Attorney General Bonta Co-Leads Multistate Coalition in Support of Biden Rule Blocking Discrimination in Access to Healthcare

Monday, March 6, 2023
Contact: (916) 210-6000,

The Biden Administration rule would rescind portions of Trump’s discriminatory 'Healthcare Refusal Rule'

OAKLAND — California Attorney General Rob Bonta and New York Attorney General Letitia James today led a coalition of 22 states in support of a proposed federal rule that protects access to healthcare for all individuals. The proposed rule rescinds portions of a dangerous 2019 Trump Administration rule that allowed any individual or entity — from doctors to front-desk receptionists — to deny healthcare based on religious or moral objections, even in emergency situations. It also sought to coerce compliance from the states by threatening to rescind federal funding. In today’s comment letter, the coalition of attorneys general wrote that the Biden Administration’s proposed rule eliminates the problematic and illegal aspects of the 2019 Rule and better safeguards patients, including those from the LGBTQ community and those seeking abortions, from being denied access to critical or lifesaving health services.

“Healthcare is a human right and everyone, no matter who they are or who they love, deserves equal access to it,” said Attorney General Bonta. “I applaud the Biden Administration’s new proposed rule, which undoes the harmful, discriminatory provisions enacted by his predecessor and ensures that states committed to equitable care, like California, continue to receive critical federal funding for our communities’ health and education. As we emerge from the global pandemic, we’ve seen disparities in healthcare laid bare across the nation. That’s why we must remain more committed than ever to defending, protecting, and strengthening equitable access to quality healthcare for all.”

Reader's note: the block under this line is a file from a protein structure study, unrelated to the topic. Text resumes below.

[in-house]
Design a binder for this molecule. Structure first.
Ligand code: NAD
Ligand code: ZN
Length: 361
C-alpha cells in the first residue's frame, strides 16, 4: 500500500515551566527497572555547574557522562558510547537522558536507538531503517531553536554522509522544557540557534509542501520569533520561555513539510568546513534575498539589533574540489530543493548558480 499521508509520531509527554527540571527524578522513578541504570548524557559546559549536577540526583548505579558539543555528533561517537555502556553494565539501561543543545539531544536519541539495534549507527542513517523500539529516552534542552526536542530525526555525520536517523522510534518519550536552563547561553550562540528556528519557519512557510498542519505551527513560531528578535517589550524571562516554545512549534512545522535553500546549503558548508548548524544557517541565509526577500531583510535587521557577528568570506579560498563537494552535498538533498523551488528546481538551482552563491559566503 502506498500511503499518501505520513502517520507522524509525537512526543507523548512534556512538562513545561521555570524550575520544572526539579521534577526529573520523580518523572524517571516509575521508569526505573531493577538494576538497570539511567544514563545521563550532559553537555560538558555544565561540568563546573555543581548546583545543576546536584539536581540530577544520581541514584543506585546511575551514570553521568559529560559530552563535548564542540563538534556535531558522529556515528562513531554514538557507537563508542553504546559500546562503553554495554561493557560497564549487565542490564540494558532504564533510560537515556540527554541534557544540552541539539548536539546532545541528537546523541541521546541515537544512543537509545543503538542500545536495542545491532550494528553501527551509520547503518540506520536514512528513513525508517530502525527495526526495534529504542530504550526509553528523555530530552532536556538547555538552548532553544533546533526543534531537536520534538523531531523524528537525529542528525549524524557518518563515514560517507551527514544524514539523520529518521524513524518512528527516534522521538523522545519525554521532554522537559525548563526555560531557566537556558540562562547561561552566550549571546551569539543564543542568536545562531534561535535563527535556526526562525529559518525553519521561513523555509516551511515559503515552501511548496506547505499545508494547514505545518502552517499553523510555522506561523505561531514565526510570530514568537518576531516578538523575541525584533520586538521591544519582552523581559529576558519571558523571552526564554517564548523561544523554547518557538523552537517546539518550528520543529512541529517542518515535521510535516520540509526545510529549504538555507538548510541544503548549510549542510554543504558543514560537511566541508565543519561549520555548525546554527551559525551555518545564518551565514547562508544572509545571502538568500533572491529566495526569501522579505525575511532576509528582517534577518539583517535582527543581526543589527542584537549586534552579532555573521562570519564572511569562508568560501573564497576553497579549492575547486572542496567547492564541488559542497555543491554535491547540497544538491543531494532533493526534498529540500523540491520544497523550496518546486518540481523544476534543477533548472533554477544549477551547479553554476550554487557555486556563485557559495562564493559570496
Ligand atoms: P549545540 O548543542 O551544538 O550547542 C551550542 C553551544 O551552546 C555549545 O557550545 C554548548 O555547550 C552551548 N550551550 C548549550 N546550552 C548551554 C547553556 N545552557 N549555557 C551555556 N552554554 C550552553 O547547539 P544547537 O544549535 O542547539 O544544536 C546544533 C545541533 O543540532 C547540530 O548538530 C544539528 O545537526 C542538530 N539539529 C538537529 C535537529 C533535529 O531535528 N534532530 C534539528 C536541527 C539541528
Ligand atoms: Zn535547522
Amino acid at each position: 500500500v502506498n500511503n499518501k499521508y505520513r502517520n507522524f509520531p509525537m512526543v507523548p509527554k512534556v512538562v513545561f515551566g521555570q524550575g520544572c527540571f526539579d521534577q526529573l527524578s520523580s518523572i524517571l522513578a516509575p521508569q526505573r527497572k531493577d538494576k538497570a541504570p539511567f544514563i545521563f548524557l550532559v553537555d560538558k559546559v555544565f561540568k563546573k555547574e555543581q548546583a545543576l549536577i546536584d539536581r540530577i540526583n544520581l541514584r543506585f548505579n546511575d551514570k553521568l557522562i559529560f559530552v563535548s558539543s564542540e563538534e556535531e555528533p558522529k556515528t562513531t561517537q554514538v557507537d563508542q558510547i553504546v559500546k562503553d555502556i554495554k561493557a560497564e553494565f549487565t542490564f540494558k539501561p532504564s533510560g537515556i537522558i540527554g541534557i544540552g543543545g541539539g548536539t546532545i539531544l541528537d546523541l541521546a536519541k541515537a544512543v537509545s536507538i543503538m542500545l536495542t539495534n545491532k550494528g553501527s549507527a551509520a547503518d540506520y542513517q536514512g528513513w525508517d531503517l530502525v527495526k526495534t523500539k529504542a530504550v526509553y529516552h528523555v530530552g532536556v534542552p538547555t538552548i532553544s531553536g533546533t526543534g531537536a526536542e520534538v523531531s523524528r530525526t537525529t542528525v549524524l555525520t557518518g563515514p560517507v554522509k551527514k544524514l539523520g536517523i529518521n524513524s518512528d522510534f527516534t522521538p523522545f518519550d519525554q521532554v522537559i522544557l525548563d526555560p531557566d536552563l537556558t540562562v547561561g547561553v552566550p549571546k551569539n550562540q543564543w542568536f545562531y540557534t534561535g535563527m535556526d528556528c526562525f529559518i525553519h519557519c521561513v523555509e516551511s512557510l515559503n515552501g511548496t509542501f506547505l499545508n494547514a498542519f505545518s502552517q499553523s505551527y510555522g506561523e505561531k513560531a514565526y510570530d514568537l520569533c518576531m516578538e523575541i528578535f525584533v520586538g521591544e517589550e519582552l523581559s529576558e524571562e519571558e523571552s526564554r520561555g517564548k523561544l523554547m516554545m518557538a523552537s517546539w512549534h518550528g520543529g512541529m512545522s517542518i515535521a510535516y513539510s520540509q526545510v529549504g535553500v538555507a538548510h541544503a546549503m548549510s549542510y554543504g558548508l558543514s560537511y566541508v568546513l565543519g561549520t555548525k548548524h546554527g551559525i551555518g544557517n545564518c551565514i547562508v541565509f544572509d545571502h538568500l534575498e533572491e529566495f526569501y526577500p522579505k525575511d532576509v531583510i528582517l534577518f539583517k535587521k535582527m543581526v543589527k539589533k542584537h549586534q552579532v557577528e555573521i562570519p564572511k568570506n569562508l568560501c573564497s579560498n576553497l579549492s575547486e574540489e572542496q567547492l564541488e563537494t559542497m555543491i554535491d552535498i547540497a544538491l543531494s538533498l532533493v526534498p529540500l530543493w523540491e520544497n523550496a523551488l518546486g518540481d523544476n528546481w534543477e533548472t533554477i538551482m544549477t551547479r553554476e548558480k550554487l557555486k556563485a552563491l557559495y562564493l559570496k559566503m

The 2019 Trump-era rule, also known as the 'Healthcare Refusal Rule', allowed virtually anyone working in healthcare the ability to broadly refuse to provide care based on religious or moral beliefs. For example, if an ambulance driver learned a patient experiencing an ectopic pregnancy was seeking care that they were opposed to, the driver could decline to transport the patient, even if doing so would risk the patient’s life. The 2019 rule also threatened to cut off hundreds of billions of dollars in essential federal healthcare funding to the states for a single breach of the rule — in essence forcing a ‘gun to the head’ of state and local governments that depend on federal funds — in violation of the U.S. Constitution.

The 2019 Healthcare Refusal Rule was successfully blocked in multiple lawsuits nationwide, including by California. In January, the Biden Administration announced a new proposed rule that seeks to rescind portions of the 2019 rule.

In today’s comment letter, the 22 attorneys general expressed their support of the new proposed rule, arguing that:

  • It protects vulnerable populations, including LGBTQ communities and people seeking reproductive care, by revoking the most dangerous parts of the 2019 rule that opened them up to discrimination and threatened to exacerbate already existing inequities in healthcare;
  • It strikes a better balance between safeguarding conscience rights of individual medical providers and protecting access to healthcare for patients;
  • It corrects portions of the 2019 rule that are redundant, confusing, or have been deemed illegal by courts in litigation brought by the states, as well as local governments and healthcare providers; and
  • It protects billions of dollars in federal funding for states’ public healthcare and other federally funded programs that provide crucial health, education, and labor services.

In filing the comment letter, Attorney General Bonta and Attorney General James were joined by the attorneys general of Arizona, Connecticut, Delaware, the District of Columbia, Hawaii, Illinois, Maine, Maryland, Massachusetts, Michigan, Minnesota, Nevada, New Jersey, New Mexico, North Carolina, Oregon, Pennsylvania, Rhode Island, Washington, and Vermont.

A copy of the comment letter can be found here.

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